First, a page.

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9 January 2023

Difference Between Super Key and Candidate Key

A super is a set of attributes in a relation that uniquely identifies a record. It can be a combination of one or more attributes in the relation. A candidate key is a minimal set of attributes that can uniquely identify a record. It is a subset of a super key and contains only the attributes that are necessary to uniquely identify a record. 

A record in a table can be uniquely identified using either a super key or a candidate key. Furthermore, the relationship between tables is established using these keys. Both keys are open to having null values. Both ideas are crucial for database administration and design. Learn more about super keys and candidate keys in this post, as well as how they differ from one another. Let us discuss some more differences between Super Key and Candidate Key with the help of the comparison given below.

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What is Super key?

A super key is a single attribute (or combination of attributes) that is used in a relational database to uniquely identify each attribute in a relation. Even though each one of these properties is adequate to uniquely identify a student, a super key for a student's database may include the attributes roll number and student ID. A super key is a fundamental relational key that can identify any relational characteristics. Every connection must contain one or more super keys, preferably more. 

What is the Candidate key?

A candidate key may be used in conjunction with a primary key to uniquely identify records in a table. The potential key column may be empty. There may or may not be a main key for a candidate key. A candidate key is essentially a subset of a super key. A tuple in a table may be uniquely identified using a bare minimum amount of properties. All potential keys are therefore super keys. Because only one of these qualities may be used to uniquely identify a student, the candidate key for a student database, for instance, would only include one attribute, such as roll number or student ID.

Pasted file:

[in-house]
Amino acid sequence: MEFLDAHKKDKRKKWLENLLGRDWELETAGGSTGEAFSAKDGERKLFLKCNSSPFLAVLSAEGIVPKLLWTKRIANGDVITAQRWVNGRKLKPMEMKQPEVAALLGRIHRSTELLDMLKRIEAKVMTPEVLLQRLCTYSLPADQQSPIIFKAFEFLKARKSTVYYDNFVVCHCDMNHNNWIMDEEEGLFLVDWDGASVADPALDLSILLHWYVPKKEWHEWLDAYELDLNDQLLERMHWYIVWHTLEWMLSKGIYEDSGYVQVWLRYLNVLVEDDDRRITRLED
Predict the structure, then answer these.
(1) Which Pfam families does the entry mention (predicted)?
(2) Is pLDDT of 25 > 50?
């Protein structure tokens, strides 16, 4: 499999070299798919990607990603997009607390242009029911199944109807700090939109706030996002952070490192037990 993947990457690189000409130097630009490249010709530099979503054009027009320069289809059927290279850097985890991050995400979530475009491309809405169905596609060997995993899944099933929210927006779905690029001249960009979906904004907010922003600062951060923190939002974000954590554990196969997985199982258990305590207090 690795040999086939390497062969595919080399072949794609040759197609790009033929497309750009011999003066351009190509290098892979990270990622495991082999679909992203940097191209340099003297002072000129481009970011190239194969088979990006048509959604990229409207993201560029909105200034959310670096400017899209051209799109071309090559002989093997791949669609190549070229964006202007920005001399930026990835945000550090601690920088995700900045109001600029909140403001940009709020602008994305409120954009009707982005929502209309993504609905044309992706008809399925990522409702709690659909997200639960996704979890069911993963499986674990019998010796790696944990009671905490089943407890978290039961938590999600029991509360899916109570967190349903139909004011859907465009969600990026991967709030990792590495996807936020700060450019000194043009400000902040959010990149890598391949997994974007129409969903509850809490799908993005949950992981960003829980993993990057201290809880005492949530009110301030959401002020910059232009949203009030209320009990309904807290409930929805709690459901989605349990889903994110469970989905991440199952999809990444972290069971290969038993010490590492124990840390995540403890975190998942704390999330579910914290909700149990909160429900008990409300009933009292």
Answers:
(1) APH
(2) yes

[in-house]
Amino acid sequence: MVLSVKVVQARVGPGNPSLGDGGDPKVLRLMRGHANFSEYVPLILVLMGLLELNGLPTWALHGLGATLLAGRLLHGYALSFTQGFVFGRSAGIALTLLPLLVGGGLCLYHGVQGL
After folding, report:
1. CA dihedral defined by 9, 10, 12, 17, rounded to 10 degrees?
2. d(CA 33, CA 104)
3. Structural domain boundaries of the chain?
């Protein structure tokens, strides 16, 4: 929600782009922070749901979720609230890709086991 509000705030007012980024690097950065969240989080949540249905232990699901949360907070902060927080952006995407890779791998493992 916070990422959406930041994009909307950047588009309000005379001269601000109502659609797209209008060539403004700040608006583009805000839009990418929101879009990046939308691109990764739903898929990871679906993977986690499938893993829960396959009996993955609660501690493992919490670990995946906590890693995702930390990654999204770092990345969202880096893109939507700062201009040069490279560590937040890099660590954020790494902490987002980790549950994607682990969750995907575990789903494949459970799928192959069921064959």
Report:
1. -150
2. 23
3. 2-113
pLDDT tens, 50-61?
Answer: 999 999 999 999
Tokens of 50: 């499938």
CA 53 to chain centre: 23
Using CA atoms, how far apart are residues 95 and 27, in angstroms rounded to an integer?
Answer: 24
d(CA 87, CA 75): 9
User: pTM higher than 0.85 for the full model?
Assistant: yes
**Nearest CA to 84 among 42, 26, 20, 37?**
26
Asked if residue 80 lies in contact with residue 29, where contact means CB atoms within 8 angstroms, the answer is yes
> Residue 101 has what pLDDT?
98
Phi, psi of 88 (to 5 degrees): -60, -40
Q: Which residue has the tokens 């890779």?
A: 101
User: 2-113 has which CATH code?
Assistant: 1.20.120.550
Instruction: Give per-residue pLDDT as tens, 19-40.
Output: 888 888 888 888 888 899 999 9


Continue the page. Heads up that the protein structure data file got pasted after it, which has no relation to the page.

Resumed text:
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Difference between super key and candidate key:

  • A super key is an attribute(or set of attributes) that is used to uniquely identify all attributes in a relation. A super key's subset is known as a candidate key.
  • All super keys can't be candidate keys. But all candidate keys are super keys.
  • The super key is various keys that together make the criteria to select the candidate keys. While various candidate keys together make the criteria to select the primary keys. 
  • In relation, the number of super keys is more than the number of candidate keys. While in relation, the number of candidate keys is less than the number of super keys.
  • Super key attributes can contain NULL values. NULL values can also be assigned to candidate key attributes.
  • A combination of characteristics or columns known as a super key uniquely identifies each row in a table. While in candidate key is a set of attributes that recognize the tuples in relation or table.
  • The number of super keys is greater than the number of candidate keys. In comparison to super keys, there are fewer candidate keys.
  • The rules for selecting the primary keys are made up of a variety of candidate keys. In the candidate key numerous super keys collectively make the guidelines to choose the candidate keys.
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